36

Gmail's official app doesn't store password in your device. Your password is 100% safe if you use this app. This is how it works: The password is used by Google's authentication servers for the first time ONLY. After first successful authentication, an Auth Token is downloaded to device which is stored in accounts.db file as plain text. For all subsequent ...


12

Android passwords used with the built-in Email application are stored in plain text inside a SQLite Database. This is in contrast to the Gmail application, which uses Auth Tokens as described in Sachin Sekhar's answer. For Jelly Bean, the database location is: /data/system/users/0/accounts.db The above location varies with the Android version This ...


4

Did u set 2 step verification to your Gmail account? If yes then you need to set Application Specific Password to your account. Login to your Gmail from Desktop. Goto Settings page. Find Authorizing Application & sites page. Goto Application Specific Password section Set your app name and device and Password, then click Ok. Now you can login to ...


4

Your phone doesn't store the password, it has some kind of session key. I would have expected it to be invalidated when you changed the password, but apparently Google doesn't do that. You'd have to ask them why.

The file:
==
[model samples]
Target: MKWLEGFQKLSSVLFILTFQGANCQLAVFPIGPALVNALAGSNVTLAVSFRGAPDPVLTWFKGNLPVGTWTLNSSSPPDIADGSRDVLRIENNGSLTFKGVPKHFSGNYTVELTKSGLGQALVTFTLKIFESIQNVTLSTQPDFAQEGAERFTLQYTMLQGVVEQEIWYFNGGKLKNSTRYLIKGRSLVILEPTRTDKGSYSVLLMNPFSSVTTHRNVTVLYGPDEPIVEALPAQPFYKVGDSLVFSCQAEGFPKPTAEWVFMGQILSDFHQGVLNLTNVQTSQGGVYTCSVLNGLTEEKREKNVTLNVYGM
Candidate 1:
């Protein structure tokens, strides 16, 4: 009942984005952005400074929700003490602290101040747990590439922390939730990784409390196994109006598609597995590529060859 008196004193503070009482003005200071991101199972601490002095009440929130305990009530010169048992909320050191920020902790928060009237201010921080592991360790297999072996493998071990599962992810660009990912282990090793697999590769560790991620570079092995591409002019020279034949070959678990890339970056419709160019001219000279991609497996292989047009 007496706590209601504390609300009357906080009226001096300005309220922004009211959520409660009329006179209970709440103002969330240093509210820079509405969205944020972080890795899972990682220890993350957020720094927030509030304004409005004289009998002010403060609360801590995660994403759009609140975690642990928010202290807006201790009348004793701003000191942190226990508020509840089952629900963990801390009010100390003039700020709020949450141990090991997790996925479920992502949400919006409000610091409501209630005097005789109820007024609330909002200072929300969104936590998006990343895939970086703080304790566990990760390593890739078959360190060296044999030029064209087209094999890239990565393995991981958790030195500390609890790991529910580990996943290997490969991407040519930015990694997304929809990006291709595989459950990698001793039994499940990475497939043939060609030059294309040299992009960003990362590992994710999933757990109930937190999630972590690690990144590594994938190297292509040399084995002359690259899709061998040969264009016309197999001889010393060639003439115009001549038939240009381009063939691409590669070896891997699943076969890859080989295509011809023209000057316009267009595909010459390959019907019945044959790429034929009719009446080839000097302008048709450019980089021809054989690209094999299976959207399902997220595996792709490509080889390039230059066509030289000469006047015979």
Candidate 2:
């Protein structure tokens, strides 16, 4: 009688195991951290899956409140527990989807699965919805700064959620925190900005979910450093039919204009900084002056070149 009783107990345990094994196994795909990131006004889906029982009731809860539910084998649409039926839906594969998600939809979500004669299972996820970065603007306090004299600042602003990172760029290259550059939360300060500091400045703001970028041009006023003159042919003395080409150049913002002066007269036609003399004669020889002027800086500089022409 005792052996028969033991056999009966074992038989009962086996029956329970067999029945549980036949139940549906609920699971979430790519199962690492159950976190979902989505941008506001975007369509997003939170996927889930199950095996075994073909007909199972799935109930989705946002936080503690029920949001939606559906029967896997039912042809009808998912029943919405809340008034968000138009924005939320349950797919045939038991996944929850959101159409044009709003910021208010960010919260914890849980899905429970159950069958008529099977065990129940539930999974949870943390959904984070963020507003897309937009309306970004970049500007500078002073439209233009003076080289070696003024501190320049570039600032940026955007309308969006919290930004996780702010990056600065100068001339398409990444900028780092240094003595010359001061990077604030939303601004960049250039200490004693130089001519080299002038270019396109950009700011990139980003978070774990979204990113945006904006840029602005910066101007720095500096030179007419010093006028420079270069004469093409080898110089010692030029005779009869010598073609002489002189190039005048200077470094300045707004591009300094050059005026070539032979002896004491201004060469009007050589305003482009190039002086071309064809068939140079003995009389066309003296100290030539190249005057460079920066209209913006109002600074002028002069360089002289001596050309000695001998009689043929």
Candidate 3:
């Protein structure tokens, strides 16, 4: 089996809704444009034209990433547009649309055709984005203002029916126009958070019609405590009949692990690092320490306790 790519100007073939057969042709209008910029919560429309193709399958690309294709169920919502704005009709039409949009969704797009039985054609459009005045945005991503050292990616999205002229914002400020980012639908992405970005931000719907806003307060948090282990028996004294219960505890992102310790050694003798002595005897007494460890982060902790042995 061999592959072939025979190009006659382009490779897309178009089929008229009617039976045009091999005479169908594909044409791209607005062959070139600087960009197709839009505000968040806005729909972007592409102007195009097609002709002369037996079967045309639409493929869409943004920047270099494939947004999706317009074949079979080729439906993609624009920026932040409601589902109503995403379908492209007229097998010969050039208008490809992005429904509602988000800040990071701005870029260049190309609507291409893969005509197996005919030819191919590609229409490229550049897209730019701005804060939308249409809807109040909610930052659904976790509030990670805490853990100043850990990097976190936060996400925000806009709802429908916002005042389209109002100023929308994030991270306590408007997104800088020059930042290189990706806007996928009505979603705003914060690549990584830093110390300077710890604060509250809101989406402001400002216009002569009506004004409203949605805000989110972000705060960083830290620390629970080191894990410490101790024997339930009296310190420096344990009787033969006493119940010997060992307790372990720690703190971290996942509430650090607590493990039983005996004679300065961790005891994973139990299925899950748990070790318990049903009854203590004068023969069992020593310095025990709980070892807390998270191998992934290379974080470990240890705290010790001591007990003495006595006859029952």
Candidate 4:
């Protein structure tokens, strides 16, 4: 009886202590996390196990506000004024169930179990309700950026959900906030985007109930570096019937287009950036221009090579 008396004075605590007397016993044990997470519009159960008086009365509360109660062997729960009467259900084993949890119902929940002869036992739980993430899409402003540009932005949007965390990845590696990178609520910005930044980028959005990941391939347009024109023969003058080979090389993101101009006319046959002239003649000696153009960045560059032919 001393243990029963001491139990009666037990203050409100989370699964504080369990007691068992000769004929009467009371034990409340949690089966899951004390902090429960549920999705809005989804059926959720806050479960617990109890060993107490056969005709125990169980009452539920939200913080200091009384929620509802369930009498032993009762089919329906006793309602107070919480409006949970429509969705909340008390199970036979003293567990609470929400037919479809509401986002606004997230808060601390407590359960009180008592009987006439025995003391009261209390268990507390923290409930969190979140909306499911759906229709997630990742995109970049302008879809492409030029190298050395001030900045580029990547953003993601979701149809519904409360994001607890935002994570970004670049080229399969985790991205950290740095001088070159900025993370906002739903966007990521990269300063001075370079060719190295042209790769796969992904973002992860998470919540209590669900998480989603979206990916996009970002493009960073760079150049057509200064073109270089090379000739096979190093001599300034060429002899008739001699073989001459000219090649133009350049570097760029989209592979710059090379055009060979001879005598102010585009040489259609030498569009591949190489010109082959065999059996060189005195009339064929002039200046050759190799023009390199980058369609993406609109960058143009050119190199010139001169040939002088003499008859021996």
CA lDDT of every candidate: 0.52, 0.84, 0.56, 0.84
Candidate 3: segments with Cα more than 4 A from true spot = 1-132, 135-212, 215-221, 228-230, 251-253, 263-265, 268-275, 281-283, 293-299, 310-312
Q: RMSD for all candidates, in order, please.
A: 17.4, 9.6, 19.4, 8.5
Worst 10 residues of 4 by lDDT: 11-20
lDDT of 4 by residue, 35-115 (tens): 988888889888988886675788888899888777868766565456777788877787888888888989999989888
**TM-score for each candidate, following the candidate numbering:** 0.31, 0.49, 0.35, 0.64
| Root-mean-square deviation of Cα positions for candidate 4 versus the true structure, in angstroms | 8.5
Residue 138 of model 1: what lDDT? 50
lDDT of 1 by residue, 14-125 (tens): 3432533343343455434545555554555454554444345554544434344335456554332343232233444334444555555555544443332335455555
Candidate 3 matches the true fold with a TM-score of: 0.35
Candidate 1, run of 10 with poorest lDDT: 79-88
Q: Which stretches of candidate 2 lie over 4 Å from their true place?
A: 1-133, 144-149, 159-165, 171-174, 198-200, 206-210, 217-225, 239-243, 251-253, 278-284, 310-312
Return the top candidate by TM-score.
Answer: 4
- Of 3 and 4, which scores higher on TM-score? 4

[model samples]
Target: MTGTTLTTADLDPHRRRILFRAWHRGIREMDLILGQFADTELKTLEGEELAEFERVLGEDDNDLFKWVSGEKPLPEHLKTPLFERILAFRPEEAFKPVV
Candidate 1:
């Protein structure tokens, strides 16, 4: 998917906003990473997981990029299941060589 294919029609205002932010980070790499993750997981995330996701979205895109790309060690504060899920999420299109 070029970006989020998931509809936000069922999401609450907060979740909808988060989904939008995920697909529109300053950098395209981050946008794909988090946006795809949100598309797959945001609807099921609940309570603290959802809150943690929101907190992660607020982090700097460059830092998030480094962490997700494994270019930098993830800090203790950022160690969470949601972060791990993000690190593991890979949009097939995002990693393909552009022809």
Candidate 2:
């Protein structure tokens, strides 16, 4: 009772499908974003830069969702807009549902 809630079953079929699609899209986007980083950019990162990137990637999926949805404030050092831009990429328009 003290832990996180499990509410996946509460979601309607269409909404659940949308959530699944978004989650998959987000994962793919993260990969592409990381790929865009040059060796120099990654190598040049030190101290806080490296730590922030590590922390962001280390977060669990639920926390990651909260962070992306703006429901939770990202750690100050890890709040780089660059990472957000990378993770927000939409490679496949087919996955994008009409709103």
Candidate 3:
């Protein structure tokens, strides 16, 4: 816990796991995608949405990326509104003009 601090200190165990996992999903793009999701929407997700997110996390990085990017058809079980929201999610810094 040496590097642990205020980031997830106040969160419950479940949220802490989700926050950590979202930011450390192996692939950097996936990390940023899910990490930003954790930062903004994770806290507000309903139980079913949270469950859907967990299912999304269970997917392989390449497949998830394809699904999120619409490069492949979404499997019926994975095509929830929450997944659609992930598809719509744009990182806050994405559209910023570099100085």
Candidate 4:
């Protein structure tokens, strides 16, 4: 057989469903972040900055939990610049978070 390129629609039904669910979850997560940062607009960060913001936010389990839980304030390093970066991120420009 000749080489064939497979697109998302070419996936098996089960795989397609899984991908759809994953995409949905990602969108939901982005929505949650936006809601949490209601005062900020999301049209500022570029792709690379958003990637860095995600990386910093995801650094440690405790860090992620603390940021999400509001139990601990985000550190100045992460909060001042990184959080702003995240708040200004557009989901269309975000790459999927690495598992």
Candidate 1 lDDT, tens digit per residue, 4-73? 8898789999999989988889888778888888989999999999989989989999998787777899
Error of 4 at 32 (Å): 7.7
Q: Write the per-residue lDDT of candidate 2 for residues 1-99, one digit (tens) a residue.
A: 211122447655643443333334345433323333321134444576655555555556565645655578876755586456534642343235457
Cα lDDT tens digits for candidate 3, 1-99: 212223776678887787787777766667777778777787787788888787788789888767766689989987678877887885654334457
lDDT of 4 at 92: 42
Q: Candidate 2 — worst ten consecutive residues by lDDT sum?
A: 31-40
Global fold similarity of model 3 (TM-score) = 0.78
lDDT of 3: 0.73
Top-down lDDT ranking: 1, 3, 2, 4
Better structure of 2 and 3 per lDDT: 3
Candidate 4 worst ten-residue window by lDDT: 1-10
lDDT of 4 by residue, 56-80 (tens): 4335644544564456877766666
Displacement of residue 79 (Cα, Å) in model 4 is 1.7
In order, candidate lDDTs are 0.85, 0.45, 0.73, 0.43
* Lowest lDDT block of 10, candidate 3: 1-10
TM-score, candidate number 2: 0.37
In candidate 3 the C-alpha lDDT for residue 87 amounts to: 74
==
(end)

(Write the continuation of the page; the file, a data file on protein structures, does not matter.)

3

Not a perfect solution but you can change your password by opening you Google account/Gmail on your phone browser.


3

Hook up an external keyboard with a Micro USB OTG adapter. Monoprice has one here http://www.monoprice.com/Product?c_id=108&cp_id=10833&cs_id=1083314&p_id=9724&seq=1&format=2


2

Use a application token: If familiar with Two Factor Auth. /Multi. Factor Auth. on Github or Bitbucket and use a ssh token essentially the exact same thing. May I recommend using google authenticator ---which by default creates 10 OTPs (one time passwords) that can be used if the FIDO is not pre registered.


2

As a workaround for not seeing the password, you could type your login name and password into an app that uses plain text, like a notebook or even an email. Then copy each, one at a time, and paste them into the name and password field for the login. It seems like I've seen an option to show passwords somewhere, but I enabled that, and I still don't see ...


2

If a device you no longer use is listed (or if you don't recognize the device), you can remove it from your account. To remove devices from your account: Use your phone's browser to go to myaccount.google.com. In the "Sign-in & security" section, touch Device activity & notification. In the "Recently used devices" section, touch Review devices....


1

In that case, you'd better keep your passwords on plain paper in a heavy metal safe only – and never ever use a desktop OS to maintain/enter them. All desktop OSes known to me have "root access": it's called "root" with Linux/Unix, "Administrator" with Windows, and so on. And like on all those: you should make sure what has access to "root powers" – and ...


1